BY ANDREW OKE
I walked into the cinema to see Moses Inwang’s Stalker praying to the gods of the Silver Screen to surprise me, because I was going to see yet another Nollywood movie that I knew next to nothing about, and from my experience, that never turns out to be a pleasant experience.
Stalker is by far the most surprising and shocking Nigerian film anyone can go see at the cinema today. I don’t say that because it has a twist that comes from so far left field that when it hits, it blows your proverbial mind. I say that because it goes from being so good to being so excruciatingly bad so fast.
The film follows a Kayla; a celebrity stylist played by Nse Ekpe Etim in her most disappointing acting performance to date. On her way back from handling a late night wardrobe malfunction, she gets a flat tire and is ambushed by a herd of robed head hunters. Cornered, she screams for help and is rescued by an executive cab driver (think Uber Black), Mike, played by Jim Iyke in perpetual “rape face.” (Rape Face: adjective. To look like one is two seconds away from committing a rape). Things take a turn for the frightening when Mike starts obsessing over Kayla and begins to stalk her. Mike’s stalking (and rape face) becomes too much for her to handle, so she gets a restraining order against him. Now he’s out of her life and she can focus on her life, career and boyfriend, that is until she finds out her boyfriend is married with a kid.
I know what you’re thinking; that doesn’t sound so bad, well from this point, the movie dives head first into a whirlpool of confusion and incoherence. Kayla, who is now depressed and lonely goes on a bender and comes to the realisation, with the help of her sister, that Mike, her crazy-out-of-his-mind stalker is the right man for her. When he reveals that he never stalked her and all their meetings were pure coincidence (this really happened in the film) and says he can’t be with her on account of the fact that he’s got a fiancée now, she takes a turn for the psychotic and starts stalking Mike and his fiancée.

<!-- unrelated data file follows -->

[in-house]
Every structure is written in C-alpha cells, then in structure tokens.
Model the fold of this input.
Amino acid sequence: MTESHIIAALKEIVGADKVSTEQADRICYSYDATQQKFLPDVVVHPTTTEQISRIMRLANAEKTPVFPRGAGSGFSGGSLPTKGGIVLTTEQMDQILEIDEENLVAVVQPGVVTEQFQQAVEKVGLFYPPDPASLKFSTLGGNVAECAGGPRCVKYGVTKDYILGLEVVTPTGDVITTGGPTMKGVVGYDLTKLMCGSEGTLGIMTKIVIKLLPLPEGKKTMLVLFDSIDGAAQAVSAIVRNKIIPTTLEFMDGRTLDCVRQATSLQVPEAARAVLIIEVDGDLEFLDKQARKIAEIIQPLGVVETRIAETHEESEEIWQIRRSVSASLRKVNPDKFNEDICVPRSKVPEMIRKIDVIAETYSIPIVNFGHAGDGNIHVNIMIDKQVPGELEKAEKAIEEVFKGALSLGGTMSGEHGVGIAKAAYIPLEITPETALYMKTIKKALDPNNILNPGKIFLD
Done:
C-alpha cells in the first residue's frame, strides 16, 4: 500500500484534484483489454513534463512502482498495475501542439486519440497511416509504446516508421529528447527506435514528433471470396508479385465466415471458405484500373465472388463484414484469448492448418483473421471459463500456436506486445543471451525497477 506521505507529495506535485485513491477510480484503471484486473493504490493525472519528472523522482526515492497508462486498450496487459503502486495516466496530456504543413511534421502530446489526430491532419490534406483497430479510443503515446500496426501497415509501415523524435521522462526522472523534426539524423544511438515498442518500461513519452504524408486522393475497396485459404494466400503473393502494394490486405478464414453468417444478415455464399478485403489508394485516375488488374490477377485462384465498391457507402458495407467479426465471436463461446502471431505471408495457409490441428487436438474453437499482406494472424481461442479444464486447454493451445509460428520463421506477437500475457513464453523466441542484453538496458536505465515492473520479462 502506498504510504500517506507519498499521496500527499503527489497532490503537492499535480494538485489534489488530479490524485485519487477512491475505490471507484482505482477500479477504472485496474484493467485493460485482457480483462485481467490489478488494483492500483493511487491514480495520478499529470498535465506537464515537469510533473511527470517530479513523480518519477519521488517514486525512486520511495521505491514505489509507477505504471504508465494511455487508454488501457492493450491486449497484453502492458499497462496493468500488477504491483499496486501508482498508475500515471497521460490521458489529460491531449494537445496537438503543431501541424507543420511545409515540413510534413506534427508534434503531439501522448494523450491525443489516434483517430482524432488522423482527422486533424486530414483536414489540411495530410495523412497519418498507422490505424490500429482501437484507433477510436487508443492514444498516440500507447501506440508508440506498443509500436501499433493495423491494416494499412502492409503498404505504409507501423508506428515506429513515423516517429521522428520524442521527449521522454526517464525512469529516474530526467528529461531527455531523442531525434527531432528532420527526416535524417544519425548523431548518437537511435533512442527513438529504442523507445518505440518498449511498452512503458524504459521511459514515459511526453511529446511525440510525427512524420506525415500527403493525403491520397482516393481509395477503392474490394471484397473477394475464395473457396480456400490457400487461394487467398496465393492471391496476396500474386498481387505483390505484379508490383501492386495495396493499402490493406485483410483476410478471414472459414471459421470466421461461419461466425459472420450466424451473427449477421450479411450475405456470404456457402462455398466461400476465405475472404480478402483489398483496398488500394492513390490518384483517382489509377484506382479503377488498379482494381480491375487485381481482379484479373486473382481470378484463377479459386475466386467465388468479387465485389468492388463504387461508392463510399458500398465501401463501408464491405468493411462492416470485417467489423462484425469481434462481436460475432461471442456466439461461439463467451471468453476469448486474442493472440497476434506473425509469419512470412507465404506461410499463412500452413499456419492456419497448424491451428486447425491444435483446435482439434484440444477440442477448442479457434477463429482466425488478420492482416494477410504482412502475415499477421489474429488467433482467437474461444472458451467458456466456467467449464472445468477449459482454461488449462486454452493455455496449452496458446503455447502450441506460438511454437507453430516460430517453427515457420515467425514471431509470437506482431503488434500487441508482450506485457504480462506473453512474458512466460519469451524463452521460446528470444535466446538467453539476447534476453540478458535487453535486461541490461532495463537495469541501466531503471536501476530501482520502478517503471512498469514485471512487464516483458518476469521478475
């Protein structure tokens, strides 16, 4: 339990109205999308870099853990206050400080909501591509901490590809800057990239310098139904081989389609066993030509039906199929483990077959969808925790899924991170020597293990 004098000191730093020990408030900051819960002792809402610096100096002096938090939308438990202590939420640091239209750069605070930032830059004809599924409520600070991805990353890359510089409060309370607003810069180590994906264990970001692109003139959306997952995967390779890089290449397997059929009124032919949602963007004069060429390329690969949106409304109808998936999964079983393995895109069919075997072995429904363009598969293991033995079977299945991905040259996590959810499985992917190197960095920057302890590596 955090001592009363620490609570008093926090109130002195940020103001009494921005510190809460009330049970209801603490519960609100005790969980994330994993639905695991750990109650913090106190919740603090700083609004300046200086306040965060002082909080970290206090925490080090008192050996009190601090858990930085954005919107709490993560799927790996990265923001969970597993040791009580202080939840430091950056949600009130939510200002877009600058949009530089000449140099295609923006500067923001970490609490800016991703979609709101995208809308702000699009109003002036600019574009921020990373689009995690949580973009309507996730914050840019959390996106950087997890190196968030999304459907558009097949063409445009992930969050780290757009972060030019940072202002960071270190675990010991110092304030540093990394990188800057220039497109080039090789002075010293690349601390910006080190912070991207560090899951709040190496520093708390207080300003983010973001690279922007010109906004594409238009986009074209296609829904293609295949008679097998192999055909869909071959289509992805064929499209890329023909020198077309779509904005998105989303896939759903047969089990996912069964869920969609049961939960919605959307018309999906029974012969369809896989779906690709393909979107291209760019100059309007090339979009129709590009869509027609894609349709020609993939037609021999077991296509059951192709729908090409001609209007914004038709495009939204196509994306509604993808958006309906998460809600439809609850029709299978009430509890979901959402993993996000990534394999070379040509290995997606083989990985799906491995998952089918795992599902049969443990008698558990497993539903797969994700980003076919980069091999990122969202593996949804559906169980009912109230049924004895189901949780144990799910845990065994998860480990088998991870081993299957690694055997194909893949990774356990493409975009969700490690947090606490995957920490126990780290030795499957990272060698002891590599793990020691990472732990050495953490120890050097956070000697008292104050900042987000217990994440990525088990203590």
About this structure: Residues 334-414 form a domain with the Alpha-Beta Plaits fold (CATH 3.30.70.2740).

I can only imagine that when Moses Inyang thought up this film, he believed it was one hell of an idea, and to be honest, it sounds excellent: “The stalked becomes the stalker”. But when you sit down and think about for a bit, you come to the realisation that it makes no sense at all. It almost seemed like I watched two different movies. The first: a slow burning thriller; the second: a Jekyl and Hyde horror flick, because Nse Ekpe Etim clearly plays two different characters whether she intended to or not. Matters aren’t helped by the abysmal acting performances from Jim Iyke, Caroline Danjuma and Nse Ekpe Etim who had a horrible American accent.
This film lost its way in the story and on the page, long before a single frame was shot. There’s so much done well in terms of directing and cinematography. There’s a rather impressive shot at the tail end of the film where we follow Nse Ekpe Etim’s character as she falls off a balcony. However, since the story is lacking, there’s very little that can be done to redeem the film. Story is the foundation of a film, and when that’s lacking the entire film comes crumbling down.
This film was extremely frustrating to watch. Everyone in the hall (about 20 of us) rang out a chorus of sighs every other minute, because there was always something to annoy you or put you off, like plot holes or unexplained and unnecessary scenes. For example, in one scene we see Jim Iyke’s Mike watching Kayla from outside her hotel room window, however, when he explains how all his instances of stalking were mere coincidences, he forgets to explain this very occasion.
Stalker is very much a film of two halves: The bearable first half and the excruciatingly painful second. And if there was any justice in the world (of which there isn’t), cinema patrons would only pay half price to see it, since technically they would only watch half of the movie. This is because they would spend the entire second half of the film cringing and rolling their eyes to the back of their heads.